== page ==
A Supreme Court of Canada ruling that judges can prevent lawyers walking away from trials when the client fails to pay is actually good news for Ontario’s criminal lawyers, according to the man who represented their interests in the case.
“It’s a move in the right direction because it moderates the rule that was in practice in Ontario,” says Scott Hutchison.
He argued on behalf of the Criminal Lawyers’ Association in R. v. Cunningham, in which the top court ruled the power to refuse a withdrawal request is one judges should exert “exceedingly sparingly.”
Justice Marshall Rothstein, who delivered the judgment on behalf of his unanimous colleagues, laid out strict rules for a judge’s exercise of discretion over withdrawal.
“Refusing to allow counsel to withdraw should truly be a remedy of last resort and should only be relied upon where it is necessary to prevent serious harm to the administration of justice,” he wrote.
“That’s a much higher threshold than we’ve seen applied previously in Ontario,” Hutchison says. “Before now, if you were going to cause an adjournment, you couldn’t get off the record.
An adjournment is something the system now could tolerate as long as it won’t cause serious harm to the administration of justice. The judgment makes it very clear the standard applied is not about inconvenience.”
When the withdrawal is early enough to prevent an adjournment, it should be allowed, Rothstein said. When timing becomes an issue, the judge can ask for a reason.
When the reason is ethical, the judge must allow the request, but when it involves non-payment of fees, the court must decide if the withdrawal would damage the administration of justice by taking into consideration factors such as the impact on the Crown, witnesses, jurors, and the accused.
Only then can a judge act to block a request, Rothstein wrote.
But Greg DelBigio, who represented the Canadian Bar Association in the case, says the ruling could have unintended consequences. The prospect of fighting a trial for free, however remote, could negatively affect access to justice, he says.
“I think there is a risk that this will cause lawyers to be much more cautious about becoming counsel of record and at its worst could result in more unrepresented people before the courts,” DelBigio says.
The case originated in the Yukon, where legal aid lawyer Jennie Cunningham asked the court to remove her as counsel of record for a man accused of sexual assault offences against a six-year-old girl when his legal aid certificate was revoked.
A territorial judge denied Cunningham’s application because of the resulting delays, but the Yukon Court of Appeal overturned that decision. It drew on a convention from British Columbia that judges have no discretion to refuse a request for withdrawal.
The ruling will have its greatest impact in those two jurisdictions, since most other provinces and territories in Canada already took the opposite position.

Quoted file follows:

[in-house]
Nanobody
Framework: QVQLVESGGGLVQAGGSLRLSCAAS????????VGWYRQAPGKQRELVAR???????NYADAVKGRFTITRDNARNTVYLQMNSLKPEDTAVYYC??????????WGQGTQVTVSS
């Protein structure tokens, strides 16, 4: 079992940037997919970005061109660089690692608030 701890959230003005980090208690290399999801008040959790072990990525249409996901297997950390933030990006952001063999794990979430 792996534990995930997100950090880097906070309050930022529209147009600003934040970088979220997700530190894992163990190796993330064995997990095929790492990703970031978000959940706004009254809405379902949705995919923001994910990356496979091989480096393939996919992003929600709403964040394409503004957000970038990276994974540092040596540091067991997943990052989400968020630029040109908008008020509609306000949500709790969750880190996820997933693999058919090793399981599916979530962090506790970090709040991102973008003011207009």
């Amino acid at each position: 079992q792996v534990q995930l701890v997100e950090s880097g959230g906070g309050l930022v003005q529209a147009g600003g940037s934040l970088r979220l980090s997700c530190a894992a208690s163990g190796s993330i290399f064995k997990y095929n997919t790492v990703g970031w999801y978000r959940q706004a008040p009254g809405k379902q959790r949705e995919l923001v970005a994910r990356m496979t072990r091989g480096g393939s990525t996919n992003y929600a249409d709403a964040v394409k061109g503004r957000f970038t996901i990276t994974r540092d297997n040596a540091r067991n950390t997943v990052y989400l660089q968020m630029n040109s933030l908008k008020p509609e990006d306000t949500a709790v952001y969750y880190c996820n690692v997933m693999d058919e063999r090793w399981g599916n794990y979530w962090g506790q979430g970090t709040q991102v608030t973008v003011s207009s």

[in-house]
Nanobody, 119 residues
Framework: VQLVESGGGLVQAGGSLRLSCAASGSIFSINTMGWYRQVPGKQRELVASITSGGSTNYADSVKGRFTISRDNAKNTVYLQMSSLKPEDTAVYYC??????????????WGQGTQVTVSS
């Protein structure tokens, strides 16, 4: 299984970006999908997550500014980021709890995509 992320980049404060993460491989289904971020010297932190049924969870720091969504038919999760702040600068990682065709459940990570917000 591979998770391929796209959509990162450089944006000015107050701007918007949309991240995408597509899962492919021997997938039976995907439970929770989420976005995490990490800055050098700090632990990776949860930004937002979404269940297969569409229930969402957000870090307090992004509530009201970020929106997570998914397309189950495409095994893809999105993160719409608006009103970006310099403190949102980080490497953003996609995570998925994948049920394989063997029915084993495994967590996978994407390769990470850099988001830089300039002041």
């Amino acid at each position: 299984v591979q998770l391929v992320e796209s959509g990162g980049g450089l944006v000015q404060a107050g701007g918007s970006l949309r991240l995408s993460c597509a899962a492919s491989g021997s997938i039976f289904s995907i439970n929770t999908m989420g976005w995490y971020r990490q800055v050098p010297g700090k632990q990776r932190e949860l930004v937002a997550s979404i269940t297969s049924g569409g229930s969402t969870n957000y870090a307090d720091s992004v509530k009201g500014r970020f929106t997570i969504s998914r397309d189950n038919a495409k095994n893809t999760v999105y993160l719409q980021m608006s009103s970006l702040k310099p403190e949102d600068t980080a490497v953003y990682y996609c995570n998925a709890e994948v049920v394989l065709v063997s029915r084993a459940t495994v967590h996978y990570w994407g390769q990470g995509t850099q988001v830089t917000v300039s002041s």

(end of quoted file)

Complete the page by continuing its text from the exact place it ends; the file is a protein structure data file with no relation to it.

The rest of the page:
Ron Reimer, who argued on behalf of the Crown in the case, says the ruling will force lawyers to improve management of their financial relations with clients.
“It will encourage better practice in terms of managing the retainer in places such as British Columbia, where lawyers knew they could depart from cases essentially at will,” he says.
“In Alberta, where I practise, the main impact of having this discretion is that lawyers will tell judges up front, ‘I am counsel for today only. I’m not fully retained.’
Then the system can operate on the basis of knowing what to expect.”
The Yukon case was rendered moot when the man no longer needed a trial but it proceeded to the Supreme Court so it could make a ruling on the issue.
There, it attracted a string of high-profile interveners eager to weigh in on the role of law societies and the authority of the court. The Ontario attorney general was among those backing up the Crown, while the CBA and the Law Society of British Columbia supported Cunningham.
DelBigio doesn’t expect to see much change in practice because he says the law societies of most provinces and territories forbid criminal lawyers from turning their back on a client at the last minute because of non-payment of fees.
“In some ways, it should be business as usual,” he says. “Prior to the judgment, lawyers have always been under an obligation to act ethically. Cunningham does not change that in any way. The ethical requirements that existed continue to exist, and lawyers for the most part act ethically.”
However, Reimer says professional standards alone aren’t enough to monitor withdrawal because the law society’s actions are necessarily reactive.
“Whatever the law society might have been able theoretically to do about this sort of problem, when lawyers were departing without good cause, they could do nothing to prevent that harm from happening. A court has that preventative ability,” he says.
In his judgment, Rothstein said the courts protect the administration of justice, while law societies discipline errant lawyers. That results in different, but important, roles in regulating withdrawal.
“These roles are not mutually exclusive; rather, they are necessary to ensure the effective regulation of the profession and protect the process of the court,” he said.
Hutchison says the ruling was also notable for Rothstein’s acknowledgment that Rowbotham orders were a factor to consider in such applications.
“If such an order were available, it would be relevant to the court’s decision on whether to decline to grant counsel’s request to withdraw,” Rothstein wrote. “That said, a Rowbotham order could not be a complete substitute to the court’s authority to refuse counsel’s request to withdraw.”